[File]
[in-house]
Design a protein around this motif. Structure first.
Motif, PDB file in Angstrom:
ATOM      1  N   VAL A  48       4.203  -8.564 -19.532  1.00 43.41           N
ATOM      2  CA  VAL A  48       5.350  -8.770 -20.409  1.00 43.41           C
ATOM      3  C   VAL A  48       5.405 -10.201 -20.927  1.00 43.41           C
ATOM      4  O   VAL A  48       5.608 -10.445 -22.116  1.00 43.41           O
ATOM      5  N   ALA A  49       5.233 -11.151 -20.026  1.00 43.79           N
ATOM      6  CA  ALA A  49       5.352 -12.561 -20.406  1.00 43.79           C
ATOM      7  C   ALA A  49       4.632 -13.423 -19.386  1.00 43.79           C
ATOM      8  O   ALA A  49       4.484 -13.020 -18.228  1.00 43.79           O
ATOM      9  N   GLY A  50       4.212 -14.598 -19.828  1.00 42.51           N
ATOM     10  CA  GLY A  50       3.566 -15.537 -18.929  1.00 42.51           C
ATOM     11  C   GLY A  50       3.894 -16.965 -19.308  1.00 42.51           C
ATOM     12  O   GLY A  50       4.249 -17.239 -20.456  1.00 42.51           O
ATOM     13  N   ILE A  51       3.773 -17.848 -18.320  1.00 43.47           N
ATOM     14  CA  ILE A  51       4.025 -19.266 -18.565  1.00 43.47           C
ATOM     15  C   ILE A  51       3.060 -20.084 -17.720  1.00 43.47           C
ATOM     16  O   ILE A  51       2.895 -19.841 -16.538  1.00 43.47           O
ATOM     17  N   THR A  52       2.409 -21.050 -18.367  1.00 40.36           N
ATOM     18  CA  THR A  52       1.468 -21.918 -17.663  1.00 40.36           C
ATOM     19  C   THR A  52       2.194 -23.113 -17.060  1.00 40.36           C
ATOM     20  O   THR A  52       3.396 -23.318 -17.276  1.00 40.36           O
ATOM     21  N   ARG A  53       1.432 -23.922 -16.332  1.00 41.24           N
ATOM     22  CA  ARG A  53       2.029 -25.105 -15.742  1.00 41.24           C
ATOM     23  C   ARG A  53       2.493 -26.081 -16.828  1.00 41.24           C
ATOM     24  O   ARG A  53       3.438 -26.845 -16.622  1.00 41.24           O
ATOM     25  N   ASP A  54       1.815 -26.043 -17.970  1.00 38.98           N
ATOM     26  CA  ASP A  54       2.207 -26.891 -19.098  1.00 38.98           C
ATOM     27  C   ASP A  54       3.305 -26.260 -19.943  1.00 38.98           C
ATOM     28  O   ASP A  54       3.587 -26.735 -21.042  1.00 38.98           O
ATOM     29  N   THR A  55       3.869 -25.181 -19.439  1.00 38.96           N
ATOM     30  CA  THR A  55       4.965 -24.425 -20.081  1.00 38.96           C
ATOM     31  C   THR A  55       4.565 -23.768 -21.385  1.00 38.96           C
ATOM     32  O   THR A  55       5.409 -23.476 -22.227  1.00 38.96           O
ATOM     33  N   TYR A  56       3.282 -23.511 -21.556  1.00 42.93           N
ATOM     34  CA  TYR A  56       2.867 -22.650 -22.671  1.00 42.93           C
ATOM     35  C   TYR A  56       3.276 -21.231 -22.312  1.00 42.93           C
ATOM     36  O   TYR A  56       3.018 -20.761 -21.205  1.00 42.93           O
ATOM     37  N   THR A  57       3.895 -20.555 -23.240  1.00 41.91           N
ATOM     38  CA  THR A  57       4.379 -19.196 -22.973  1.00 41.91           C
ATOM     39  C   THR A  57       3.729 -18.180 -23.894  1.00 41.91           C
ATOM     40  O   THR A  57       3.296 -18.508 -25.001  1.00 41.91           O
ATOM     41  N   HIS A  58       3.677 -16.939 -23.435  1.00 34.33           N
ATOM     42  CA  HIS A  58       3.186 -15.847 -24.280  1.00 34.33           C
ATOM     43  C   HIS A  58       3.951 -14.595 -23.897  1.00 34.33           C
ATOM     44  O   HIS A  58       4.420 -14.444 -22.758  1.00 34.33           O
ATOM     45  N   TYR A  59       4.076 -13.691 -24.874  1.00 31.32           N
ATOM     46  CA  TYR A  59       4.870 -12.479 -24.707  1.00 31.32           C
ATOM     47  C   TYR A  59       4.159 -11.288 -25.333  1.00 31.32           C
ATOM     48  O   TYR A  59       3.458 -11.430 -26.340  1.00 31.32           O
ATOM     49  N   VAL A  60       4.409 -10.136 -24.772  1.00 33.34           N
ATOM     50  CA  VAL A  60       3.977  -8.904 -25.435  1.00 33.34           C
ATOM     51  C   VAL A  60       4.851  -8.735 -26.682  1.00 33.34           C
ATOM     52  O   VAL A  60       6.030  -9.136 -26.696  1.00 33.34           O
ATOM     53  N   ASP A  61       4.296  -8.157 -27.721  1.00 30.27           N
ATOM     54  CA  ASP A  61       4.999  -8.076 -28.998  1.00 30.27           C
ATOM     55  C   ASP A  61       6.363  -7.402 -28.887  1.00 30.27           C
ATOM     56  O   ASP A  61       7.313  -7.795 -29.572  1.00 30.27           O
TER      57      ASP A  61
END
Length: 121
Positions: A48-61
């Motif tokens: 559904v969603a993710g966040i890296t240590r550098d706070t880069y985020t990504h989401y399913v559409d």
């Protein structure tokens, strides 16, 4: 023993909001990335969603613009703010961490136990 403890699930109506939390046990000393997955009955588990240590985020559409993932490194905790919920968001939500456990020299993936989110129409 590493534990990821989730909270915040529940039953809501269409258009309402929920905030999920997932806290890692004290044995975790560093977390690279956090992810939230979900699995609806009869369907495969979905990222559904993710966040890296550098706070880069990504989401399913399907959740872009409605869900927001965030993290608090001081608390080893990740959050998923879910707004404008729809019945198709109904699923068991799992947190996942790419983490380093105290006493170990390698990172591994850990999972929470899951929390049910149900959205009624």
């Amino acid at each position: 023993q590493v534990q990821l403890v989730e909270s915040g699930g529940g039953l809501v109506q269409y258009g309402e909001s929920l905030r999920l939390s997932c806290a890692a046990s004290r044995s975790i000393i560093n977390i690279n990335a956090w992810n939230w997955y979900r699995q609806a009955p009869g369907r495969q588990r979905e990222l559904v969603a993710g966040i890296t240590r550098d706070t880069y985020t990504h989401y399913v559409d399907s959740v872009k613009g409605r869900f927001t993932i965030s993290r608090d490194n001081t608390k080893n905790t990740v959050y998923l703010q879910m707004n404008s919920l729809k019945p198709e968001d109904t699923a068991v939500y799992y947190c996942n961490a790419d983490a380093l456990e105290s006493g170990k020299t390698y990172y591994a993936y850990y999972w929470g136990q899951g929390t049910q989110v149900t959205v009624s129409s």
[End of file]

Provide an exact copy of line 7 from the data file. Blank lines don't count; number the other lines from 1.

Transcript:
ATOM      4  O   VAL A  48       5.608 -10.445 -22.116  1.00 43.41           O